Peripherally Physiological Responses to External Emotions and Their Transitions in Bipolar I Disorder With and Without Hypersexuality
Peer reviewed, Journal article
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OriginalversjonArchives of Sexual Behavior. 2020, 49 1345-1354. 10.1007/s10508-019-01615-8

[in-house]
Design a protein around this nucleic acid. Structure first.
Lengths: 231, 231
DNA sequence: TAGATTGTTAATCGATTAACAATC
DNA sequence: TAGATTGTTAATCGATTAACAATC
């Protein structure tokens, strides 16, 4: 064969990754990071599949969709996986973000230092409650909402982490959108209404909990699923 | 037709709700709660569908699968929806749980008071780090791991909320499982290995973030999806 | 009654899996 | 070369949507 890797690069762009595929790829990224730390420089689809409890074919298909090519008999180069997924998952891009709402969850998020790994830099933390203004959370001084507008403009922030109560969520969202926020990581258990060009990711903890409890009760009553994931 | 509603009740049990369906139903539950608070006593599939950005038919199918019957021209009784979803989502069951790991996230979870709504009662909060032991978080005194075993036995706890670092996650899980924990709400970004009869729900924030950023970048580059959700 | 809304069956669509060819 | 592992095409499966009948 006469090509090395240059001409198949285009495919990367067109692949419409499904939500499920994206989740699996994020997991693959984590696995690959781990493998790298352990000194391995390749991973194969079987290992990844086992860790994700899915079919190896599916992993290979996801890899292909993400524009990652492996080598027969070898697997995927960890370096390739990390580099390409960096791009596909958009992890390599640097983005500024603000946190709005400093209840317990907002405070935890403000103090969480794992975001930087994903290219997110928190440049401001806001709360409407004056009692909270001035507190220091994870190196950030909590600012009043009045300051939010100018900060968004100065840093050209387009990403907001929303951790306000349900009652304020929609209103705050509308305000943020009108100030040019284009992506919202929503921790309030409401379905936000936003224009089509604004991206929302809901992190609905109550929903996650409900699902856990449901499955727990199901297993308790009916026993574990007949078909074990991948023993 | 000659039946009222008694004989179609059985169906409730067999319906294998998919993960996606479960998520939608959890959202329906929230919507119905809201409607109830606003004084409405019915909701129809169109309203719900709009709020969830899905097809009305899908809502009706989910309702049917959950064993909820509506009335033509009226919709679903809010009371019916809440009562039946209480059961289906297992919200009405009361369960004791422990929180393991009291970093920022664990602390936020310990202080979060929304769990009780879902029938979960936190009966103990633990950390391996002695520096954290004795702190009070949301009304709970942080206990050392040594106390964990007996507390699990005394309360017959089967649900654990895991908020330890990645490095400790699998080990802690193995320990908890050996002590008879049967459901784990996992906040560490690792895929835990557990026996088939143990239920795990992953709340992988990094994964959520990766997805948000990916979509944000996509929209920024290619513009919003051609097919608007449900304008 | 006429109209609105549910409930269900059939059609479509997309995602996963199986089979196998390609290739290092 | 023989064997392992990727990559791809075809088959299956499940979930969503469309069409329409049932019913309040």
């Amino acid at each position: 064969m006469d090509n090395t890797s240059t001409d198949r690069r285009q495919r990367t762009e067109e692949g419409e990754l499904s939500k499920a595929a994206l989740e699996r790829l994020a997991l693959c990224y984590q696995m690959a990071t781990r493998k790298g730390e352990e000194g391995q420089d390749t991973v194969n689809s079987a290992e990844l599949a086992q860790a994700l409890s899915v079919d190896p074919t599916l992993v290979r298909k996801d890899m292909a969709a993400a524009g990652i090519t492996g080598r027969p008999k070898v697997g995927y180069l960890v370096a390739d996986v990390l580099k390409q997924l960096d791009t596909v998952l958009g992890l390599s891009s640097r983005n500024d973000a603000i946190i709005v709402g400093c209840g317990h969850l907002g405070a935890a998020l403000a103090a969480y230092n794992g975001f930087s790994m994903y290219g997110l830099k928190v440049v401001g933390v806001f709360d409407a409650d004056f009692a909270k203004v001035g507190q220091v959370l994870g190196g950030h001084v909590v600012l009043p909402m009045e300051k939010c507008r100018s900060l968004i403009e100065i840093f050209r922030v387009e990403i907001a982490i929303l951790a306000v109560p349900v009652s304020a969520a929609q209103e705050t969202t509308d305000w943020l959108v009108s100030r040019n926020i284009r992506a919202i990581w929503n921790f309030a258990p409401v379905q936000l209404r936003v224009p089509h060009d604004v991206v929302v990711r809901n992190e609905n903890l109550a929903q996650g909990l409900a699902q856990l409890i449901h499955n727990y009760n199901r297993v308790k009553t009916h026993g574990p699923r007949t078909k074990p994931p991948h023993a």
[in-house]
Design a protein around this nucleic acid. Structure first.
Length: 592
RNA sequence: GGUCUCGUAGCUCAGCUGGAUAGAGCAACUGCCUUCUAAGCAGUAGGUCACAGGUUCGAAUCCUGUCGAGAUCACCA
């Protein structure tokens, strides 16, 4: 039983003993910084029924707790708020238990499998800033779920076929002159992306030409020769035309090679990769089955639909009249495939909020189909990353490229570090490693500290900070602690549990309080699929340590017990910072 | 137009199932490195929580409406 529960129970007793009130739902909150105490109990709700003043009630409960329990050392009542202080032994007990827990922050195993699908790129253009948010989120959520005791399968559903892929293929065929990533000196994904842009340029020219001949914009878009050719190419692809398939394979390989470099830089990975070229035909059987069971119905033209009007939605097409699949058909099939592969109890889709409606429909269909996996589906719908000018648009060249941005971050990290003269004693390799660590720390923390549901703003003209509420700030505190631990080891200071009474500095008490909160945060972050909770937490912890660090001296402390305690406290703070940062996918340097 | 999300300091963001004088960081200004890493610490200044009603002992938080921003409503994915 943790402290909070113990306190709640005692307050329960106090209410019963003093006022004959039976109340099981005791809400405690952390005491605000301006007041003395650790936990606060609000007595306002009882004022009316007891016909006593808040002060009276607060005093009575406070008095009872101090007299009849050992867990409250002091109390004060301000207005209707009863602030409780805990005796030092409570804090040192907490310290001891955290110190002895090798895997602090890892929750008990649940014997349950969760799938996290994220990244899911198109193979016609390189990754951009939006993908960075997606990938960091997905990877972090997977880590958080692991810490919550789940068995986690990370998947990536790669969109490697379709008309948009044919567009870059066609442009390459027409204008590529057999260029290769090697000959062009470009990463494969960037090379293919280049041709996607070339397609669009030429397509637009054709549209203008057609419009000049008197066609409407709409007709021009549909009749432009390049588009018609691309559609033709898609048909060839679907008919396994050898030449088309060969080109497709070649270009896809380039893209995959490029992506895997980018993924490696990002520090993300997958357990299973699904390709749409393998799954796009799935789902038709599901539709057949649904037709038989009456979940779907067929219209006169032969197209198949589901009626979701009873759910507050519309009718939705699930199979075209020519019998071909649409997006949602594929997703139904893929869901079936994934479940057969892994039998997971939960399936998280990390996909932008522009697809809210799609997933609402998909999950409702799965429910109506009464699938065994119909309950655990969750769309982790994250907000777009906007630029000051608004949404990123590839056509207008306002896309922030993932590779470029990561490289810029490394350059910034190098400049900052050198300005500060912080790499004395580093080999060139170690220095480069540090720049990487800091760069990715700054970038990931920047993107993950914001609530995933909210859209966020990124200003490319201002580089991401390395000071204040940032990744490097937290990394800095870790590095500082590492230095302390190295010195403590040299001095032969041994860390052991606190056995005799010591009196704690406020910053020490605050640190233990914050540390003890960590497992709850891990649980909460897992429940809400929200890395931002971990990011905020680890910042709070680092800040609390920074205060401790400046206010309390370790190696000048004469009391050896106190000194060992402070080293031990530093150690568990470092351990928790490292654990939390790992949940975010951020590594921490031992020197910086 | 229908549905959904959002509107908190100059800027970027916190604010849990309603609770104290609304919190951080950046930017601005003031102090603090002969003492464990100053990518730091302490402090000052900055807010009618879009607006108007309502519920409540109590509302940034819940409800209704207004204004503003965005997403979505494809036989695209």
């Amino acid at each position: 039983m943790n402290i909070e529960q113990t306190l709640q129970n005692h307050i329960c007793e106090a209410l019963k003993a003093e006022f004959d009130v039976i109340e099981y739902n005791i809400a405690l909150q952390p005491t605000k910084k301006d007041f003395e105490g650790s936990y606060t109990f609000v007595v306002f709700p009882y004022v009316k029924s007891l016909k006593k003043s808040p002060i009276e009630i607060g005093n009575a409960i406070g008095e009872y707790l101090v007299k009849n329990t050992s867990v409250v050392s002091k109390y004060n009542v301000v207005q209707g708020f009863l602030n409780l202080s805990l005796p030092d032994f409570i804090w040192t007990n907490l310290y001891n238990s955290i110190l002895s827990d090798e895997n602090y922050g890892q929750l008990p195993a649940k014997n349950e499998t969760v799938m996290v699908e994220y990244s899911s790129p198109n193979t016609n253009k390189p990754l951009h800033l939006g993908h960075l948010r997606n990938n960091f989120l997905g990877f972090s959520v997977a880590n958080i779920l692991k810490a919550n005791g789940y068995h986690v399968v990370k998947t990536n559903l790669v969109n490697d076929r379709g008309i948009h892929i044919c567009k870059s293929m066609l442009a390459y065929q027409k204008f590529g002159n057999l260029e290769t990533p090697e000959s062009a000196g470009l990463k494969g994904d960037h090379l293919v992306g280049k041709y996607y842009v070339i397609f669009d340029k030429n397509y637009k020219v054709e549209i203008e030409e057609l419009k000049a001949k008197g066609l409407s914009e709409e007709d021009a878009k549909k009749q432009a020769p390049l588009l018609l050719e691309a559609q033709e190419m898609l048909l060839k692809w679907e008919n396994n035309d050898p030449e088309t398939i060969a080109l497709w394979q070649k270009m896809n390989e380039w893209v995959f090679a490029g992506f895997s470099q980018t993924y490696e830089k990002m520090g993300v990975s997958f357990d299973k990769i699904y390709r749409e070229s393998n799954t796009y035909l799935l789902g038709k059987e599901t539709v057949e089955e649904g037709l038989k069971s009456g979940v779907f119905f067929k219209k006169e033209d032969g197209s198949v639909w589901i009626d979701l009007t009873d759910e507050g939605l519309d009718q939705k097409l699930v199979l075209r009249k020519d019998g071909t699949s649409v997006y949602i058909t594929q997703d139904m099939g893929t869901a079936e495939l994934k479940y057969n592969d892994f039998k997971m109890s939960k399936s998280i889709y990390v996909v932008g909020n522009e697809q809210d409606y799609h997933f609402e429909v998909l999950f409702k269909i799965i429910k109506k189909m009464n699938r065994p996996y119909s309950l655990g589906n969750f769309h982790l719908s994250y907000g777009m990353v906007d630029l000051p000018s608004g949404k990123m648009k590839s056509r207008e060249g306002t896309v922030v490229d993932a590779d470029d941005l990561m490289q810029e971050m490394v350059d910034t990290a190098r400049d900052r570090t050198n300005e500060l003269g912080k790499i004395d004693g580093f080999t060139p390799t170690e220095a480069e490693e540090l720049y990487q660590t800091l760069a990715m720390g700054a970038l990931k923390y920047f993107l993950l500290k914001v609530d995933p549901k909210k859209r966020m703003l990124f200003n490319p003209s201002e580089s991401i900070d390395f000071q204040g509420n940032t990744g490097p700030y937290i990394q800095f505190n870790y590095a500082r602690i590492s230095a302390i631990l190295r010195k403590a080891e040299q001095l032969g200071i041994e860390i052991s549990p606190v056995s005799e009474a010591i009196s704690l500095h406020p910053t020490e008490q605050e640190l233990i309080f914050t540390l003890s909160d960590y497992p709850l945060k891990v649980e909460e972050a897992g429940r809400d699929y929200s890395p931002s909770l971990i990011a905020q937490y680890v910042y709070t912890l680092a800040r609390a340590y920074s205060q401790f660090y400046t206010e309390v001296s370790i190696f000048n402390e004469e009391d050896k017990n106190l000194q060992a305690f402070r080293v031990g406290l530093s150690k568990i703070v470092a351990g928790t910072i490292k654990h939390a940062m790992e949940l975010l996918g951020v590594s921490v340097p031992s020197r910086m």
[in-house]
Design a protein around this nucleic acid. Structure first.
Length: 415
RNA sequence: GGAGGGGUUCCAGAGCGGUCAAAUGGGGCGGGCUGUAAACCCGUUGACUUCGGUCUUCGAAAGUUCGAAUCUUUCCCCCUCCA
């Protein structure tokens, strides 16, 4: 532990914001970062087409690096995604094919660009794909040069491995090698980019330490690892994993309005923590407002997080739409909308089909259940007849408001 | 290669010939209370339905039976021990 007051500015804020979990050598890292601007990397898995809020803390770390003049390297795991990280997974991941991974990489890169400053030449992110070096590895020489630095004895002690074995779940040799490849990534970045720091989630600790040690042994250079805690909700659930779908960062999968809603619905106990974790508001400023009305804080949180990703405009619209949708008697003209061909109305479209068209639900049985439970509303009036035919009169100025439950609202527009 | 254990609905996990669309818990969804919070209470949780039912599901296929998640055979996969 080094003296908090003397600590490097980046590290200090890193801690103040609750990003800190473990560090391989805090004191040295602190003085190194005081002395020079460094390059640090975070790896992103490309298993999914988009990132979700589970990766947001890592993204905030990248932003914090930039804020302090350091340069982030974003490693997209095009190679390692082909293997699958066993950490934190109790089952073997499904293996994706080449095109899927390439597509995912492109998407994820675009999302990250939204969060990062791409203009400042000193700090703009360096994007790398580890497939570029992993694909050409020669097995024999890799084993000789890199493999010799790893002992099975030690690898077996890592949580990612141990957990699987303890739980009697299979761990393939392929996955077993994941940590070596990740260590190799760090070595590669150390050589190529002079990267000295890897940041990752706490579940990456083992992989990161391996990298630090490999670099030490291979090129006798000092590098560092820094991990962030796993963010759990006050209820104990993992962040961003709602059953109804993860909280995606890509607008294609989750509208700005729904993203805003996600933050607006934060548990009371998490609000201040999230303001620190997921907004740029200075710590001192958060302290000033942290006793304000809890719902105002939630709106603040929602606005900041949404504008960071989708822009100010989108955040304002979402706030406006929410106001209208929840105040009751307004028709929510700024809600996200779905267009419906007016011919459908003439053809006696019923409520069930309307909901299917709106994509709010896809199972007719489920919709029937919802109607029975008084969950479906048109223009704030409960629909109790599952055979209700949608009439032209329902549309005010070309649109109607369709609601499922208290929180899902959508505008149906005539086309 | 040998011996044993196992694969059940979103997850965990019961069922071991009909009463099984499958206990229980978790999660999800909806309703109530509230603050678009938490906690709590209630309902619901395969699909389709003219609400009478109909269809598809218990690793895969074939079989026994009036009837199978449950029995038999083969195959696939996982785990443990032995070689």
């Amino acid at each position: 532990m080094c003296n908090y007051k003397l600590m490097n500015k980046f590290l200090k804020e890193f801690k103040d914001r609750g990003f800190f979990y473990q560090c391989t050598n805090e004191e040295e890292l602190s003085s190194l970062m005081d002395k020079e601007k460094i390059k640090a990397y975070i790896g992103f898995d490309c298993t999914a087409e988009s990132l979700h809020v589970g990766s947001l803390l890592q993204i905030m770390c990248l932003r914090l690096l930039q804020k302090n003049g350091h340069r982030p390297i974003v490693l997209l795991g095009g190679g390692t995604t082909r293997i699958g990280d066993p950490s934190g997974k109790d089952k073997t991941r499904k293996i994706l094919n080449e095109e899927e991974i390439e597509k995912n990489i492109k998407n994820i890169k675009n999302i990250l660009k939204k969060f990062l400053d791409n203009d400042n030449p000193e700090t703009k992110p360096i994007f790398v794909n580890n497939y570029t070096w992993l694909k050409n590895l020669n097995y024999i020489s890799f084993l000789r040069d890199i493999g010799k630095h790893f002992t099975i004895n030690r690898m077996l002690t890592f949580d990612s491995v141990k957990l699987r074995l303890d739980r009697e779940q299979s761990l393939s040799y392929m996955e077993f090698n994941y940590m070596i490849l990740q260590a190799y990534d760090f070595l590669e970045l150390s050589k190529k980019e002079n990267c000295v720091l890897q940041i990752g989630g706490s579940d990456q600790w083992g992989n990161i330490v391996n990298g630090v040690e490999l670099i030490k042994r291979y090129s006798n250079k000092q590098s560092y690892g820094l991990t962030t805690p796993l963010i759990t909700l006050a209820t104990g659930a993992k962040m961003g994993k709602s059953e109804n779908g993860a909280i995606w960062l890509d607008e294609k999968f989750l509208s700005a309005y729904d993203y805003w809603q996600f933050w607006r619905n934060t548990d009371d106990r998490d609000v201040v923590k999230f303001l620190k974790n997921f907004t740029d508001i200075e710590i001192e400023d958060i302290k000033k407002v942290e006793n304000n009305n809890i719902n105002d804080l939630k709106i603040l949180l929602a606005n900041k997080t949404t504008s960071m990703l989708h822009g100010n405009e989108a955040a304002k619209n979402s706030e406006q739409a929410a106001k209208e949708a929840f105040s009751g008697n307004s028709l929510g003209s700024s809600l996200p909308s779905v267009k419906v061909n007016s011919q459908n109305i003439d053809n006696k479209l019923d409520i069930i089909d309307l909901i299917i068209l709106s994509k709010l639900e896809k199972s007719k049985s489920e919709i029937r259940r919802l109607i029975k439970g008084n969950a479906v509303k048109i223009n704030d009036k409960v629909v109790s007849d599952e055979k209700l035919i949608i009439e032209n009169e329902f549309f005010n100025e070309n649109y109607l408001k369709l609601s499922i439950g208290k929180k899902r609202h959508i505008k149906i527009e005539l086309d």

Hypersexuality is associated with psychiatric disorders such as mania; however, it remains unclear whether bipolar I disorder with (BW) or without (BO) hypersexuality demonstrates different responses to external emotional stimuli and their transitions that were composed of pictures and sounds of same domain. In 21 BW patients, 20 BO patients, and 41 healthy volunteers, we administered polygraph tests (electrocardiogram, electromyogram, electrooculogram, and galvanic skin response) to measure transitions from a primer emotion (i.e., external disgust, erotica, fear, happiness, neutral, and sadness) to a noncongruent emotion (out of the remaining five) and to the primer emotion again (repeat-primer). We also evaluated participants’ concurrent states of mania, hypomania, and depression. With neutral as the noncongruent emotion, the heart rate difference in BW was greater than in controls when responses to the primer erotica were subtracted from responses to the repeat-primer erotica, or when to the primer sadness were subtracted from the repeat-primer sadness. The difference of the masseter electromyographic activity in BW was lower than in BO and controls when responses to the noncongruent happiness were subtracted from responses to the repeat-primer neutral, and was lower than in BO when to the noncongruent neutral were subtracted from the repeat-primer erotica. The eyeball movement difference was greater in BW than in BO and controls when responses to the noncongruent sadness were subtracted from responses to the repeat-primer neutral. The heart rate difference when responses to the primer happiness were subtracted from responses to the noncongruent neutral was negatively correlated with mania in BO. BW and BO patients behaved differently to external emotions and their transitions, particularly regarding erotica and sadness, which might characterize unique pathophysiological processes of the two bipolar I disorder subtypes.